Trust issues: Why consumers hesitate before hitting the ‘buy’ button
A look at the subtle — and not-so-subtle — things retailers can do to make shoppers feel more confident about buying online
Lack of consumer trust is one of the biggest hurdles for e-commerce conversion and growth. As technology evolves, trust becomes the currency for interactions beyond simply purchasing a product; innovative shopping experiences require a deeper relationship with customers.
Walmart’s “order online and pay with cash” program was designed to appeal to unbanked consumers, but showed that a huge number of customers would go out of their way to pay at a store with a credit card instead of using the same card online. What can retailers do to make shoppers feel more confident? Razorfish’s Jason Goldberg shared several proven tactics:
Our subconscious brains trust sites that look better, which is why retailers should follow best practices in user experience, display overt trust symbols like BBB logos or security icons and make sure contact details like phone numbers are easy to find.
People want to follow the lead of others who are similar to them. In simpler times, that meant avoiding empty restaurants. Now consumers rely on Yelp and other review sites, making social proof more valuable than brand when it comes to influencing purchase decisions. Customer reviews on product pages are a baseline expectation, and smart retailers are finding ways to make reviews even more valuable. For example, Adorama Camera invites people who have purchased cameras and accessories to answer questions submitted by shoppers who are considering the same purchase, and Target’s Awesome Shop spotlights products that are popular on Pinterest.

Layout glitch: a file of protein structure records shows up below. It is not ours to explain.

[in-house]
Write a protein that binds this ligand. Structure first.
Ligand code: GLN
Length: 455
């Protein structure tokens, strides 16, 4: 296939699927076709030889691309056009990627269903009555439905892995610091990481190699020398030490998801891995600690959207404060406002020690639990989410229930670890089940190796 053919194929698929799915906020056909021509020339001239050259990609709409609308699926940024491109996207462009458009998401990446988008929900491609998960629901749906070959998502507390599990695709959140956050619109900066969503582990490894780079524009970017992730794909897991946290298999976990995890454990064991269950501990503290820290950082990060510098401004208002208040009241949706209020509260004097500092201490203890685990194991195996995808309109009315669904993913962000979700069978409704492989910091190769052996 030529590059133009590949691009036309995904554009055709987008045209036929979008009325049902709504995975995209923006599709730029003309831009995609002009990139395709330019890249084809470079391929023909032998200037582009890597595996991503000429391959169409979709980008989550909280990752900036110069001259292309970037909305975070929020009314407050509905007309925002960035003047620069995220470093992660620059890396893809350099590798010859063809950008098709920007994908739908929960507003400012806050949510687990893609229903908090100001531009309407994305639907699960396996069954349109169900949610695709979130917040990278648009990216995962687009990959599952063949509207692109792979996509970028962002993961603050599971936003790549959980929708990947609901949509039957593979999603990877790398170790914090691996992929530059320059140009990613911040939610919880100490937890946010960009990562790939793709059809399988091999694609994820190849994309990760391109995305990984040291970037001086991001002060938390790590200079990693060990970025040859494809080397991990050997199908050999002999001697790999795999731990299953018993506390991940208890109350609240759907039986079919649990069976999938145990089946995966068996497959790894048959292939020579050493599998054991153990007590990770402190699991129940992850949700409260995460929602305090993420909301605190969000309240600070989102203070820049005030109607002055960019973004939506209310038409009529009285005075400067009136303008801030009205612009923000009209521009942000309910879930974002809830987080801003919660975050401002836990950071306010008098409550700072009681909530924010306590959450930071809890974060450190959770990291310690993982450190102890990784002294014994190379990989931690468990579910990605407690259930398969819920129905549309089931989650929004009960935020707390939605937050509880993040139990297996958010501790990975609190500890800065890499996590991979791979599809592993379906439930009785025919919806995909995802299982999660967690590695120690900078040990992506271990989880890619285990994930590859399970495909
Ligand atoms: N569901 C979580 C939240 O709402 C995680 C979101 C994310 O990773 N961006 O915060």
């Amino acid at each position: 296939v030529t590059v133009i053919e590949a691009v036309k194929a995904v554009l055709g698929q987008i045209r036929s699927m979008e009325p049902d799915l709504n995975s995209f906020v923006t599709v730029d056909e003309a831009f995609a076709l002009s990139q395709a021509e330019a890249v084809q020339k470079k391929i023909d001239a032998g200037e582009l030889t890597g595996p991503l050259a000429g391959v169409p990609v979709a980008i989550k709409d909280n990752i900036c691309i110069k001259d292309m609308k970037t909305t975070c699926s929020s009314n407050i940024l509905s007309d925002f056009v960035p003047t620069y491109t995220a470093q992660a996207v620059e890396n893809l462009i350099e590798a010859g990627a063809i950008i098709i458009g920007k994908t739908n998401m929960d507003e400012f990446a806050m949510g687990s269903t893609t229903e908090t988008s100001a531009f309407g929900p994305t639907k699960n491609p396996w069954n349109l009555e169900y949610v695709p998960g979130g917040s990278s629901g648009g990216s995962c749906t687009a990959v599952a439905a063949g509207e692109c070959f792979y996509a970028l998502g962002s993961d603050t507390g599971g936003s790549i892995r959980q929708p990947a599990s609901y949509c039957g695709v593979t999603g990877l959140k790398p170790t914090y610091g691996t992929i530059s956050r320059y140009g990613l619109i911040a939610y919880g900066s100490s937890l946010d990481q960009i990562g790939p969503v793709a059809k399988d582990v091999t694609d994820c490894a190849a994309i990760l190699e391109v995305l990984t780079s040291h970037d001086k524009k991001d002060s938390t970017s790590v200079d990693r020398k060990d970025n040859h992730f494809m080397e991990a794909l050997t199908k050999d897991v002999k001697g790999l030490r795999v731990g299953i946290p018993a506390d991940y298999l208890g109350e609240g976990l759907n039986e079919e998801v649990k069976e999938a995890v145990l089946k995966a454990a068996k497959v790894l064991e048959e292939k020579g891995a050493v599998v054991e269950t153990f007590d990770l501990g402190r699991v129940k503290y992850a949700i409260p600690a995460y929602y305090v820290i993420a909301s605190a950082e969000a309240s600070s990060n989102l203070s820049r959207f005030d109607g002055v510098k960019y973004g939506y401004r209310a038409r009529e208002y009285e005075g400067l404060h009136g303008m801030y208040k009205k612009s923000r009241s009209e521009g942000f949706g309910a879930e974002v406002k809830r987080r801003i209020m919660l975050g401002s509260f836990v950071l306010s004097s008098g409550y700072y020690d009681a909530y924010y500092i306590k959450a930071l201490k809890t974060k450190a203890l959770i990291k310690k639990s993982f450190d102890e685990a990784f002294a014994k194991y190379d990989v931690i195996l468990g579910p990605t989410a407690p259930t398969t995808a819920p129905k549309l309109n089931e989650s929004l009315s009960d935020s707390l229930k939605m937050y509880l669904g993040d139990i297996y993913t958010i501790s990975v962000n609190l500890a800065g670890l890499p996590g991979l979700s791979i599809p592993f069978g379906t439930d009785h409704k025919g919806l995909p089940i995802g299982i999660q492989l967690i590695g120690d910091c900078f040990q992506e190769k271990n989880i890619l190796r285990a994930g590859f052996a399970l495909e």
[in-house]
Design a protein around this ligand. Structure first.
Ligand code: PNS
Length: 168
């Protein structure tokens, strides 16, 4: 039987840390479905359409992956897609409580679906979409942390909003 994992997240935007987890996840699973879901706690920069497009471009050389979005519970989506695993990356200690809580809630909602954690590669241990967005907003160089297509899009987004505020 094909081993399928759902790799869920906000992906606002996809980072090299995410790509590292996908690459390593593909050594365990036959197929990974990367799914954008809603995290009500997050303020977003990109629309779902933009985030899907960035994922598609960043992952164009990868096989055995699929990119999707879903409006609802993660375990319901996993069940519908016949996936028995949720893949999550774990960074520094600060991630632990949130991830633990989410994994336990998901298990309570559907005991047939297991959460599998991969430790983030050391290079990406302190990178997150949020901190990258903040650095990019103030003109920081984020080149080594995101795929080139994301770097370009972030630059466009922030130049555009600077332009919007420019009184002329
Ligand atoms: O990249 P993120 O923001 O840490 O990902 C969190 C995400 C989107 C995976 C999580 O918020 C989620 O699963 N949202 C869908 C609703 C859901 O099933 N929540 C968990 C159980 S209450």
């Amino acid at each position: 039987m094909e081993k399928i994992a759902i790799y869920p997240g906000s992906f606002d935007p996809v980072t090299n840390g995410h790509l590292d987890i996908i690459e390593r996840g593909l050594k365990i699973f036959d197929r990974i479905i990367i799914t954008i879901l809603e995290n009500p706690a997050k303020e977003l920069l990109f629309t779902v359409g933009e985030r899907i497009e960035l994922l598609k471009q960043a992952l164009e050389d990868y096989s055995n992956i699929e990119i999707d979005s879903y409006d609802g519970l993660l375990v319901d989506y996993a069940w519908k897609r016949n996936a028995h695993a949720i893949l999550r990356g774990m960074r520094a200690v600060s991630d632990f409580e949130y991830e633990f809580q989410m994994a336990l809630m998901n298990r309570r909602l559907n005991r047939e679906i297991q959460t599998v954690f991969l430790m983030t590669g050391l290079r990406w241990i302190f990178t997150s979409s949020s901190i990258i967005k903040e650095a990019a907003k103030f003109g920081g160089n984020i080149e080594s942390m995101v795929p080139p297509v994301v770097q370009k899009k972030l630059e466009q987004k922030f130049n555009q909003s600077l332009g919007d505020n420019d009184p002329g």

Brand was a shortcut for quality in the past, but now we use real data. Easy access to data makes brand less important than ever. When it’s easier to evaluate the quality and value of what retailers are offering, brand loyalty becomes less important. Retailers can rise to the top by being a source for product ratings, ingredient lists and other types of product information, and providing tools that help customers make smart decisions.
Customers now know just as much or more about products and pricing as retailers and manufacturers, so the old world’s obfuscation models don’t work anymore. There are many examples of retailers providing previously hidden information to increase transparency and earn customer trust: Meh.com displays traffic and conversion stats on its homepage, Amazon notifies customers when prices change on items in their cart and Everlane includes pricing and cost information on product pages.
But it takes more than uncluttered design and detailed product information to earn customers’ trust.
Real people, real interactions
Earning trust requires more than improving site designs and making more information available. What would it take to get you to publicly share your measurements, along with a photo of yourself in a bathing suit? ModCloth’s Mike Janover and Kara Skrip said their customers upload this information willingly, partly because of the brand’s deep understanding of its audience. The company’s models are “real” people who represent the community and aren’t Photoshopped — an unconventional policy that creates a pact and a bond with customers who might otherwise be skeptical about sharing details about themselves in product reviews.
Personalization — and other meaningful customer experience innovations — require permission.
As technology evolves, trust matters more than ever
Huge’s Emily Wengert described a not-too-distant future where e-commerce search joins forces with machine learning and natural language processing to power anticipatory retail and other innovations in customer experience. The catch? Personalization requires permission, and this type of deep relationship with customers becomes even more critical as technology evolves. Retailers need to build trust now so their brands have the ability to be part of customers’ lives in the future.
This story was originally published as part of Shop.org’s Digital Experience 2016 Playbook. Download playbooks and other free resources from the NRF Retail Library and make plans to attend Shop.org 2017 in Los Angeles this September.
Shop.org is the annual e-commerce event that focuses on practical and usable insights for retail thinkers and doers, Sept. 25–27 in Los Angeles.shop.org